In 2012 the market value of all final goods and services produced in the world was close to $85 trillion. This number is referred to as the gross domestic product (GDP). To compare different countries a form of GDP called the purchasing power parity (PPP) is used.
Of the $85 trillion produced globally in 2012, just under 19% was from the United States. The first chart below compares the 2012 GDP to a few large emerging market economies.
The selected countries represent some of the most populous in the world; United States 3rd, China 1st, India 2nd, Russia, 9th and Brazil 5th.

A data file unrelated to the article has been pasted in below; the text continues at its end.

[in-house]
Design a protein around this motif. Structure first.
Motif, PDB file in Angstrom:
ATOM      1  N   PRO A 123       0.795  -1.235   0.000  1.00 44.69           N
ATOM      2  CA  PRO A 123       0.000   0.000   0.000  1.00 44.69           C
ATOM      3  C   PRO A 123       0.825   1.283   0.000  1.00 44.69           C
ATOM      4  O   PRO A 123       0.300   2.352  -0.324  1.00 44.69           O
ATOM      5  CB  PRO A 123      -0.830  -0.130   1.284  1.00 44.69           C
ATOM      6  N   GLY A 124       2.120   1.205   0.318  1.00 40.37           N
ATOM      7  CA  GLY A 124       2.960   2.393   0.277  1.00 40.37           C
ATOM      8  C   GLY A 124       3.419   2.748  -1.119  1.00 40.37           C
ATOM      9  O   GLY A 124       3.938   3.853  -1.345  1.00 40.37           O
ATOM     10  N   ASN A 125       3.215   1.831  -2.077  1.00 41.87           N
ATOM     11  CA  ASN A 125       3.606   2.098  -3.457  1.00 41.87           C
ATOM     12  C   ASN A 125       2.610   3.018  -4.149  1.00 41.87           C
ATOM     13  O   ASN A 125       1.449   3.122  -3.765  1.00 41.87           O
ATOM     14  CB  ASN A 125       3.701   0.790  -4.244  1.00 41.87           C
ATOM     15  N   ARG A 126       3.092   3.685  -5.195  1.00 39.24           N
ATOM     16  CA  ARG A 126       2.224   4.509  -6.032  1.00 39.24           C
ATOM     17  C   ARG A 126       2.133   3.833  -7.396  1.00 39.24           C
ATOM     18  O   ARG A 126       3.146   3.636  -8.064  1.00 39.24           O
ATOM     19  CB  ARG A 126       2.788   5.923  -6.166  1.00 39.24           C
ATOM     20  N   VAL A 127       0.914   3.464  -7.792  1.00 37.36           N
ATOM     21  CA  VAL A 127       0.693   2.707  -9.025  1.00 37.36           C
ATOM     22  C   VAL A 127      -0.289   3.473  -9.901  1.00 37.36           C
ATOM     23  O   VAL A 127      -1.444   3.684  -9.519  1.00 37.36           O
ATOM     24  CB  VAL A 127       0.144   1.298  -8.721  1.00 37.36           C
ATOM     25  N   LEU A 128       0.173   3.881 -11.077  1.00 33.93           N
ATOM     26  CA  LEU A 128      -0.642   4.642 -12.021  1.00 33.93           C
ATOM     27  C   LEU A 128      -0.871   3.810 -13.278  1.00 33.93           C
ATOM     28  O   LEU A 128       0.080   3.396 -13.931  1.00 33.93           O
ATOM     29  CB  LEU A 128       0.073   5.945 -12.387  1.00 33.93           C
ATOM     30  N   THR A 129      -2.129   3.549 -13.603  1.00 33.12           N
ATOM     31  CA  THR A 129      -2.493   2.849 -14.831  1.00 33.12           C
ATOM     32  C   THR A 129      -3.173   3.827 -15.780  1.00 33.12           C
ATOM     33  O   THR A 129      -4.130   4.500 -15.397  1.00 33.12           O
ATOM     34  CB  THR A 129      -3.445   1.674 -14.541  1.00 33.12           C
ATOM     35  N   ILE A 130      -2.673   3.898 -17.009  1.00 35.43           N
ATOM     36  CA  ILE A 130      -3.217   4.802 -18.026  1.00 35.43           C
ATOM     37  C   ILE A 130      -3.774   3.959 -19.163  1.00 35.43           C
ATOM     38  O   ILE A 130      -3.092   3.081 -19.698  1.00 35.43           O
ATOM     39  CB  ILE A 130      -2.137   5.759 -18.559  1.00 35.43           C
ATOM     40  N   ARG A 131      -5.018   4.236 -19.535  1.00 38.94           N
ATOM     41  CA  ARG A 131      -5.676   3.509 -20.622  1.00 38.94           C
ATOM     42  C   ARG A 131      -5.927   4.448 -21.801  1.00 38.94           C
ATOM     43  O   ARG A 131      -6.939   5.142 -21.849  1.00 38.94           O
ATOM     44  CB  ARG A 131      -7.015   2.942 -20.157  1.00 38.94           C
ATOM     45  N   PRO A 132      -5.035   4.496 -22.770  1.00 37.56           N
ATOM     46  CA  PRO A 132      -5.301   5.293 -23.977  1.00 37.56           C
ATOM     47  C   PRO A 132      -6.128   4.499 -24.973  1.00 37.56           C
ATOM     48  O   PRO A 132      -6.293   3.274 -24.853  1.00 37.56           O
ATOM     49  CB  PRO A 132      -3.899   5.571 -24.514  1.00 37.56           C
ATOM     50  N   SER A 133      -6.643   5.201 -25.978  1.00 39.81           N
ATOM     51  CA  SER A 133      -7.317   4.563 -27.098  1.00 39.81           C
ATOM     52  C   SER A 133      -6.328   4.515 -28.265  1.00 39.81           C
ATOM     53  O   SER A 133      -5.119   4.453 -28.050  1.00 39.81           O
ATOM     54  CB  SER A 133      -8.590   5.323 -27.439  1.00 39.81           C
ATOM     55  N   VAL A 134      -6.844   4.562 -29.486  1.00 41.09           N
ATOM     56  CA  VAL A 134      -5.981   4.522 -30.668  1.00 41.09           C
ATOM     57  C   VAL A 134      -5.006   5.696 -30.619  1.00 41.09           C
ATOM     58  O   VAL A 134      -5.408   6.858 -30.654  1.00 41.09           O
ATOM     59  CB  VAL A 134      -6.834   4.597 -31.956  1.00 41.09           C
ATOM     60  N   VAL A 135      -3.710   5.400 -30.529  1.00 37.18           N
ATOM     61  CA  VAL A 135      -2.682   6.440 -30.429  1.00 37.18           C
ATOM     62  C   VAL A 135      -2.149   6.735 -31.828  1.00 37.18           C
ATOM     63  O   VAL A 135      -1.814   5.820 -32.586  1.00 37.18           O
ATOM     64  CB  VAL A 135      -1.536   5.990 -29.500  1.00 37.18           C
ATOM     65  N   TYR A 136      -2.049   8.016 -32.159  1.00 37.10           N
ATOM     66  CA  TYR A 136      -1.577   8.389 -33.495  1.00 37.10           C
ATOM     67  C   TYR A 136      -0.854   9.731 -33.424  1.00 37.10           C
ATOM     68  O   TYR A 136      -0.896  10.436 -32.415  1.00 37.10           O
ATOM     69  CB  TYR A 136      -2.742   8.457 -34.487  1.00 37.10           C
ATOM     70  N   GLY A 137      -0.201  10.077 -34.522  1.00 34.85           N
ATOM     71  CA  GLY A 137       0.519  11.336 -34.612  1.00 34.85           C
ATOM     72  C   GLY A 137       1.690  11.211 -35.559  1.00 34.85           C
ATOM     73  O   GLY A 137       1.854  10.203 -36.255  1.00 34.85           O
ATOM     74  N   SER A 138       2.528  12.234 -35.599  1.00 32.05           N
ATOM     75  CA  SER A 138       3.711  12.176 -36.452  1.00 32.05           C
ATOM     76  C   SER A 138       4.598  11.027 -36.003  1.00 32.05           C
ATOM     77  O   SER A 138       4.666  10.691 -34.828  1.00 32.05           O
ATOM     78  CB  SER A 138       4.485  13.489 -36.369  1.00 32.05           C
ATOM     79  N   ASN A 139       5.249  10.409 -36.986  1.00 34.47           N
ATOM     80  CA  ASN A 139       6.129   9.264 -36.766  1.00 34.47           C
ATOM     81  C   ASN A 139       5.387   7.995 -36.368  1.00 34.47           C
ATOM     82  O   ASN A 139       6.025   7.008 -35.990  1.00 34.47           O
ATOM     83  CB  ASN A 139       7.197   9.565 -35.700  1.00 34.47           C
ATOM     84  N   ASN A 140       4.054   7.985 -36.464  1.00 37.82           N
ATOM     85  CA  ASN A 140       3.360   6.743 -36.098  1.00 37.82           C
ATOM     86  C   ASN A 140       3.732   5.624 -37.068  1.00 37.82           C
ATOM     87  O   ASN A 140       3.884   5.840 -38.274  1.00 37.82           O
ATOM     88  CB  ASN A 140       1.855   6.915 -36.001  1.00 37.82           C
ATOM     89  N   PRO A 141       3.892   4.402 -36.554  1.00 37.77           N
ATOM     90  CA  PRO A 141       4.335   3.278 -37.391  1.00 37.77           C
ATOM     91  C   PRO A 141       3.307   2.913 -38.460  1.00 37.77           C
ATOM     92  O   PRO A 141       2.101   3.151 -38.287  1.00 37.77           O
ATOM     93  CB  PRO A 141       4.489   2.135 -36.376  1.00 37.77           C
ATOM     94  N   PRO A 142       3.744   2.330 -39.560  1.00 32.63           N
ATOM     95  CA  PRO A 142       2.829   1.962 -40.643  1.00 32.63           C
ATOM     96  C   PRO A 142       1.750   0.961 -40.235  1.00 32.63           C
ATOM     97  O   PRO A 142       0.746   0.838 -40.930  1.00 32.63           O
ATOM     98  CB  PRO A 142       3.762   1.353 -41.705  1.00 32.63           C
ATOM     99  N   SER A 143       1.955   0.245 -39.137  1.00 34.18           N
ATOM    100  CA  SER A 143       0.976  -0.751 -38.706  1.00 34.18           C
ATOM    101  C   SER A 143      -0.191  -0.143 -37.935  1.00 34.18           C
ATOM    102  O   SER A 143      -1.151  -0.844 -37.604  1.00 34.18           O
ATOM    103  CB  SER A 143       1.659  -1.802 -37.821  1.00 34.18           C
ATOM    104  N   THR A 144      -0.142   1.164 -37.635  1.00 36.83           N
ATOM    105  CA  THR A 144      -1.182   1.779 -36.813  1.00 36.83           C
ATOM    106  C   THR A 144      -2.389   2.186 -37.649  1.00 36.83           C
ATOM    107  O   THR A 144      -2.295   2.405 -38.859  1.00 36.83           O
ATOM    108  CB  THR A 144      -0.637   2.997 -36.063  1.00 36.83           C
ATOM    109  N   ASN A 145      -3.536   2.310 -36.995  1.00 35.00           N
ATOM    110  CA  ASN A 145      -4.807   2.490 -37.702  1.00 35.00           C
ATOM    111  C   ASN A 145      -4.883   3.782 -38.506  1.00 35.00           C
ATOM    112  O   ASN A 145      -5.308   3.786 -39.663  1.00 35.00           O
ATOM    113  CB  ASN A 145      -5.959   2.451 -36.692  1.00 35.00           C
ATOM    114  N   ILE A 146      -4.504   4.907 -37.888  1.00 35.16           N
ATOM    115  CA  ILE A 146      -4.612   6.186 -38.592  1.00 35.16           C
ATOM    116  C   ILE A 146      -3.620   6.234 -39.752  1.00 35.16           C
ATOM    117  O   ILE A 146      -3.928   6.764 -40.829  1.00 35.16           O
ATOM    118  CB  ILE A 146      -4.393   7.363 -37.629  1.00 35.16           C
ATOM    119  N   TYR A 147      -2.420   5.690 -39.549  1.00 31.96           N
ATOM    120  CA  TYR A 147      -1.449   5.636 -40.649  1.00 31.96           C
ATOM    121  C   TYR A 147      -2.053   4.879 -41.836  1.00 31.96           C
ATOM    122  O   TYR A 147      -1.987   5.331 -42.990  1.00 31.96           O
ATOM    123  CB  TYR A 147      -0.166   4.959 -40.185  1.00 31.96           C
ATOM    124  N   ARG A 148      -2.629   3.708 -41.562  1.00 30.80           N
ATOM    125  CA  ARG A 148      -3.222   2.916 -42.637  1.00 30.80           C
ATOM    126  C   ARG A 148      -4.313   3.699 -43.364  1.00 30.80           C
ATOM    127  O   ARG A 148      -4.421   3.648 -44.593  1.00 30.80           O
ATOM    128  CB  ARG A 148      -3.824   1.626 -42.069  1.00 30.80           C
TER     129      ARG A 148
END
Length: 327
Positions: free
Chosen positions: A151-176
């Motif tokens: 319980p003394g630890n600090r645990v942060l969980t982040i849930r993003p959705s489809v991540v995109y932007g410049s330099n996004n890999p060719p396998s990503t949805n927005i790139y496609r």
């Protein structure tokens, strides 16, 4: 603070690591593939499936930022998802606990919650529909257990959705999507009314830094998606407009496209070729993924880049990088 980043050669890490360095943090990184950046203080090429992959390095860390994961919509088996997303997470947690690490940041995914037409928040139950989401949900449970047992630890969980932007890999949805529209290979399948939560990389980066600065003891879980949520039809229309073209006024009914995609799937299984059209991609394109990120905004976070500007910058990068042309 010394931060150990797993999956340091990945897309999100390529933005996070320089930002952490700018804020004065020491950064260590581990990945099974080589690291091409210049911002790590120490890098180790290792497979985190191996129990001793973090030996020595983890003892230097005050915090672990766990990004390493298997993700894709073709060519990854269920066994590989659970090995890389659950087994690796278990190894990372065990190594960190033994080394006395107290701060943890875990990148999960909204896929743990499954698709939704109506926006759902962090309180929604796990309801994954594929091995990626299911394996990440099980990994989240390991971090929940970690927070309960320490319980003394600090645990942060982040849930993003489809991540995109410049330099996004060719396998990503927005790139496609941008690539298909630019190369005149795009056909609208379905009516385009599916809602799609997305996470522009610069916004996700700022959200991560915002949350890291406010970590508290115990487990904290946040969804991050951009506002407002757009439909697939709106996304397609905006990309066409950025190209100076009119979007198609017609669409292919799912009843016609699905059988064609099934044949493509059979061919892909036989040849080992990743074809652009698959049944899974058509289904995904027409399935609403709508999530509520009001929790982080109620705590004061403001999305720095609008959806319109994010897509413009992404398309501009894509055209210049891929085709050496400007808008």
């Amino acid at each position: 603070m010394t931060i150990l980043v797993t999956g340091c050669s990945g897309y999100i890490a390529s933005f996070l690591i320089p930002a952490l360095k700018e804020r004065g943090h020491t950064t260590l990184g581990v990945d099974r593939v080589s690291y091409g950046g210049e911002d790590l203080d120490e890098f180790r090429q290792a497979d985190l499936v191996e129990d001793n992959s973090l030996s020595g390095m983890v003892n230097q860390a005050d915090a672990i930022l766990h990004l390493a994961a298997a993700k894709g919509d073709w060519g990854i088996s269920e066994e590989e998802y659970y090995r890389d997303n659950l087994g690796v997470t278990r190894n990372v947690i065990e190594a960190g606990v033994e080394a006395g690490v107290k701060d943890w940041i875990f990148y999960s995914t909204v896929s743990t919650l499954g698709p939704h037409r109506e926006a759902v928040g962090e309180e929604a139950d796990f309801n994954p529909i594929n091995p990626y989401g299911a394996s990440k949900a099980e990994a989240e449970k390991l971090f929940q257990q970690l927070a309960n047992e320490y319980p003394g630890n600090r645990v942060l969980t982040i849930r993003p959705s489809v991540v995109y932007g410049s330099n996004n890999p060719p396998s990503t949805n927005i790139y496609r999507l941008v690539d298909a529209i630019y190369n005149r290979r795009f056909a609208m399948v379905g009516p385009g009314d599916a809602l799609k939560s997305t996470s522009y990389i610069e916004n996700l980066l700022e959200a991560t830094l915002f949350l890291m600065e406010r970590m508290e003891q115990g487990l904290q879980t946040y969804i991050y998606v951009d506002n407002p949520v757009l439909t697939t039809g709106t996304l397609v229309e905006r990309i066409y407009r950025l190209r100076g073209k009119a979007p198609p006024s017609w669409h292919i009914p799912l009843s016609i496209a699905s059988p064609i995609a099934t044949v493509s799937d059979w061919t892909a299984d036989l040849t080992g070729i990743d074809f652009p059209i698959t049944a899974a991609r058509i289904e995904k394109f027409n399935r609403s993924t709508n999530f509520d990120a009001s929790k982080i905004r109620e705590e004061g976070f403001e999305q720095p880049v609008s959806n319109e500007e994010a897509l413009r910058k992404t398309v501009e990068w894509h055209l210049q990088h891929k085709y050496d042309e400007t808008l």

Dividing the annual GDP by the number of people in the country results in a GDP per capita figure, a proxy for the overall national standard of living. It is however, not an indication of personal income or illustrate how equal the distribution of wealth is throughout an economy.
With the above in mind, how big would the Chinese, Indian, Russian and Brazilian economies be if their GDP per capita was the same as the United States, $50,700?
To reach the GDP per capita of the U.S., the annual output from China, India, Russia and Brazil would all have to be significantly larger, 5x, 13x, 4x and 3x respectively, than current levels.